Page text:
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A person of color wearing a mask to protect themselves from COVID-19.
Credit: Tatiana Ayazo

We’ve been gradually learning more about long COVID since the start of the pandemic. Now, new research sheds light on just how common it is.  

One in every eight patients are affected by persistent symptoms after COVID-19, according to a recent study in The Lancet. Researchers asked 76,422 participants to complete questionnaires, administered between March 31, 2020 and August 2, 2021. Of those participants, 5 percent had COVID-19 and were matched to 8,462 controls.  

Lingering symptoms in the COVID-19 group at 90 to 150 days after infection (compared with before COVID-19 and compared with matched controls) included the following:   

  • Ageusia (loss of taste) or anosmia (loss of smell)  
  • Chest pain 
  • Difficulties with breathing 
  • Feeling hot and cold alternately 
  • General tiredness  
  • Heavy arms or legs 
  • Lump in throat 
  • Pain when breathing 
  • Painful muscles 
  • Tingling extremities 

These symptoms could be attributed to COVID-19 in 12.7 percent of the patients: 21 percent of COVID-19-positive patients — compared to just 8.7 percent of the COVID-19-negative controls — experienced at least one of the core symptoms substantially increase to moderate severity or greater 90 to 150 days after their COVID-19 diagnosis or a matched time point.  

Previous research on long COVID has been hampered by the lack of consensus on how the condition is defined. The prevalence of long COVID symptoms depends on the symptoms, population, and timeframe used to define it, which can vary from four weeks to more than six months (three months is most commonly used). 

For instance, a 2021 systematic review in JAMA Network Open examining persistent symptoms after COVID-19 found that 72.5 percent of patients had at least one lingering symptom. In this study, persistent symptoms were defined as those lasting for only 60 days or more after diagnosis, symptom onset, or hospitalization — or at least 30 days after recovery from the acute illness or hospital discharge.  

What’s more, like most other studies on long COVID, this study focused on following up with mostly hospitalized patients with COVID-19. The majority of people with COVID-19 have a mild case. Plus, hospitalization itself is associated with physical symptoms.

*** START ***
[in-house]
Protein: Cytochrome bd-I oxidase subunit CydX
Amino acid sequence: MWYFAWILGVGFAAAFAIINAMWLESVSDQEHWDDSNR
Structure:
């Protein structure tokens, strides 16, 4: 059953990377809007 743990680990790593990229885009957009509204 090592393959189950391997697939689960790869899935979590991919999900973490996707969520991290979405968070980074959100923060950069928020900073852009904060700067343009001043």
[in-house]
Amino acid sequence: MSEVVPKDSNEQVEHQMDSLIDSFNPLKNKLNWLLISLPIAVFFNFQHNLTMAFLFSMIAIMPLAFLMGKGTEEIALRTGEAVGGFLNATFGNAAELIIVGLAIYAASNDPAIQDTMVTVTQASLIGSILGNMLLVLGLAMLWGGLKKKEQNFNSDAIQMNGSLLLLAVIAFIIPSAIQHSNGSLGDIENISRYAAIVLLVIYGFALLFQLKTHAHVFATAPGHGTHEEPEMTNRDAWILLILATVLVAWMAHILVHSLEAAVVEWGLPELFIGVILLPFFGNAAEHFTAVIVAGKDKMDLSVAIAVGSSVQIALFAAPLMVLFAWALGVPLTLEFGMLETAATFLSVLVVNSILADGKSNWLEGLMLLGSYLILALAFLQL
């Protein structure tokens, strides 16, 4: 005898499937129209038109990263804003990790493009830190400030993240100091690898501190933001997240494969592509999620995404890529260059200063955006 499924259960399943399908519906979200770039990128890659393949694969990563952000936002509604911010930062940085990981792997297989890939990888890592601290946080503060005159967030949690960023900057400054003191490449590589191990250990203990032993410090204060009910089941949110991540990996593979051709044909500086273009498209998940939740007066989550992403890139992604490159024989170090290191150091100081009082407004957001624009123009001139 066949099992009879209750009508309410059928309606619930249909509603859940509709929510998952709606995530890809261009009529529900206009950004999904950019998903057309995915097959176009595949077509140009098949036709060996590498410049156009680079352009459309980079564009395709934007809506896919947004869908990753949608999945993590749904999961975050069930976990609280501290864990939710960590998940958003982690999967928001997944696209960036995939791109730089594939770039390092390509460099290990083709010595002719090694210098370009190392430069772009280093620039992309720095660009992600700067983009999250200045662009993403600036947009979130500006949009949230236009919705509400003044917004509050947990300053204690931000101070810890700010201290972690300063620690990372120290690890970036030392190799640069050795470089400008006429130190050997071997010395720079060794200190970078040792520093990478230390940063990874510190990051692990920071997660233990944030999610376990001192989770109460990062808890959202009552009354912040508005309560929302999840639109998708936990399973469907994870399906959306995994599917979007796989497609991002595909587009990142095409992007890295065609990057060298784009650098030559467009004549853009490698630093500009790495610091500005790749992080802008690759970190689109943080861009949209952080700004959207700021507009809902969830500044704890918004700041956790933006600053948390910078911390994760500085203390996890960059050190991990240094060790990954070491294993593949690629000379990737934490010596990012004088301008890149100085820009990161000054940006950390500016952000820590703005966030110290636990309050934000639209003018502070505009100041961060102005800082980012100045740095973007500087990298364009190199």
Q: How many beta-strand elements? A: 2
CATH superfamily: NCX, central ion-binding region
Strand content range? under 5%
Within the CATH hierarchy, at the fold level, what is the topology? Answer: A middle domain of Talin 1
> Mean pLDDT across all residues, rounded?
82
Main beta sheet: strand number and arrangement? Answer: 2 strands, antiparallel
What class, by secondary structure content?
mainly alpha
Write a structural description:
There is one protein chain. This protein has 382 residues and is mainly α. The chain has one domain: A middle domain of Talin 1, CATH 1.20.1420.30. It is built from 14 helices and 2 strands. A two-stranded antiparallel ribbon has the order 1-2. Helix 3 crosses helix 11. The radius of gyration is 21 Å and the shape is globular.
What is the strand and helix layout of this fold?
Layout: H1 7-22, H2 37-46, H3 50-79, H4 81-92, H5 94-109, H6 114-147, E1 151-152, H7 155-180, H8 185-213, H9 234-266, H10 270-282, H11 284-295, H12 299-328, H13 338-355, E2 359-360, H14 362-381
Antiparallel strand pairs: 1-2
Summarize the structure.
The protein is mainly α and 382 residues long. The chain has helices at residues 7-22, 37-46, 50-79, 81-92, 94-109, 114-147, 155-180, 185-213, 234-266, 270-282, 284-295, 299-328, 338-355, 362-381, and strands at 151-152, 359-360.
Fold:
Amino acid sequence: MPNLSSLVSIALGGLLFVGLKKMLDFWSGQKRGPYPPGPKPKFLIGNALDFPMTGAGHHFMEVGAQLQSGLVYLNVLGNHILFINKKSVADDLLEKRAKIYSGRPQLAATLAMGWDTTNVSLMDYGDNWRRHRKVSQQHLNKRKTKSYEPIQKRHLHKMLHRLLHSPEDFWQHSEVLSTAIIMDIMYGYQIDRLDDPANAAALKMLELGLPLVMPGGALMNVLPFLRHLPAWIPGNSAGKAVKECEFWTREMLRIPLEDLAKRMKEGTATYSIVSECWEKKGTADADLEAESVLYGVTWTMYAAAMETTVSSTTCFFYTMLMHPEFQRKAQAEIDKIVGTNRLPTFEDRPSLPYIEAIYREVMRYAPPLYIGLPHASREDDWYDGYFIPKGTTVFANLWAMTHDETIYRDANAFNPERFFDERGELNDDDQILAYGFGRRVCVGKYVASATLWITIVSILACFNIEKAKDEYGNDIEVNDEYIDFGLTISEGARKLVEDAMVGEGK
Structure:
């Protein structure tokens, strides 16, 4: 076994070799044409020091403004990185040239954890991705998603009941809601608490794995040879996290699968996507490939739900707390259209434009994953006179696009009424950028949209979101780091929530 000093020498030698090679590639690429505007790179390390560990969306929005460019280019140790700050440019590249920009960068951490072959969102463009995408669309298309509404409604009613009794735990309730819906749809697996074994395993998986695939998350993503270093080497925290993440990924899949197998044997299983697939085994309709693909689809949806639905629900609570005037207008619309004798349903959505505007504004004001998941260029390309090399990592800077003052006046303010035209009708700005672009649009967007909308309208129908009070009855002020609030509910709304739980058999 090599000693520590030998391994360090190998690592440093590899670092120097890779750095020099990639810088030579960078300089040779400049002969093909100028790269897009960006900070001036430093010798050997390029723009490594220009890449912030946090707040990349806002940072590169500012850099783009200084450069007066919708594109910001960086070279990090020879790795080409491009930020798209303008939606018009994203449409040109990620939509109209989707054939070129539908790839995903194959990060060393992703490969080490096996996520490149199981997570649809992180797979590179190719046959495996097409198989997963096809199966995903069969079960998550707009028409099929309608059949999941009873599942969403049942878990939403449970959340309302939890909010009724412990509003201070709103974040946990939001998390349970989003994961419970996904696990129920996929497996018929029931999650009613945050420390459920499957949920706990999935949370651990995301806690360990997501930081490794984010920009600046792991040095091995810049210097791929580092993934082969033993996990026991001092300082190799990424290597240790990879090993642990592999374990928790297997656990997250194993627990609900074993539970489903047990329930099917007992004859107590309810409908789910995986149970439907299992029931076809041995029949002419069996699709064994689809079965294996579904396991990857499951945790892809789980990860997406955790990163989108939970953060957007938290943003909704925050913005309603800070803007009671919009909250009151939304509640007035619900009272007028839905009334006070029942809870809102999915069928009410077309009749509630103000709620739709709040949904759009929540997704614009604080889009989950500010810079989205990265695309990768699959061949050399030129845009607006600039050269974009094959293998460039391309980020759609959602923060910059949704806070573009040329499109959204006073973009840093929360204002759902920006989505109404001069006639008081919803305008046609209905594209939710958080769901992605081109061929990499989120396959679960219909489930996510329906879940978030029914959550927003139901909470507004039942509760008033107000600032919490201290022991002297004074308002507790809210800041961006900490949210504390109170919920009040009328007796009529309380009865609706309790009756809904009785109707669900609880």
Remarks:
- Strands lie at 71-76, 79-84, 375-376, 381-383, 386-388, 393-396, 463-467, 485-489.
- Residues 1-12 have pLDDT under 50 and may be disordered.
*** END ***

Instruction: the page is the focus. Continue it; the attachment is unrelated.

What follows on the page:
The researchers of the new study in The Lancet say that, to their knowledge, theirs is the first study to report the nature and prevalence of long COVID — while correcting for individual symptoms present before infection and symptoms in the population without COVID-19 during the pandemic. They are now studying risk factors of long COVID-19, including the potential association between symptoms and COVID-19 severity.  

Long-term symptoms of COVID-19 have been described as the next public health disaster in the making. The researchers note that there is a pressing need for data on the scale and scope of the problem to support an adequate health-care response. 

“Long COVID is common and disabling, and it comes at high personal costs and high societal costs,” says study author Judith Rosmalen, PhD. “Understanding the core symptoms and the prevalence of post-COVID-19 in the general population represents a major step forward for our ability to design studies that can ultimately inform successful health care responses to the long-term symptoms of COVID-19. Moreover, studies on long COVID might also shed light on persistent symptoms following other infections.” 

Long COVID has also been associated with long-term issues like lung disease, diabetes, depression and anxiety, and heart disease. Learn more with our guide to long COVID 

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Ballering AV, et al. Persistence of somatic symptoms after COVID-19 in the Netherlands: an observational cohort study. The Lancet. August 6, 2022. doi: https://doi.org/10.1016/S0140-6736(22)01214-4 

Nasserie T, et al. Assessment of the Frequency and Variety of Persistent Symptoms Among Patients With COVID-19: A Systematic Review. JAMA Network Open. May 3, 2021. doi: https://doi.org/10.1001/jamanetworkopen.2021.11417.    

Interview with study author Judith Rosmalen, PhD.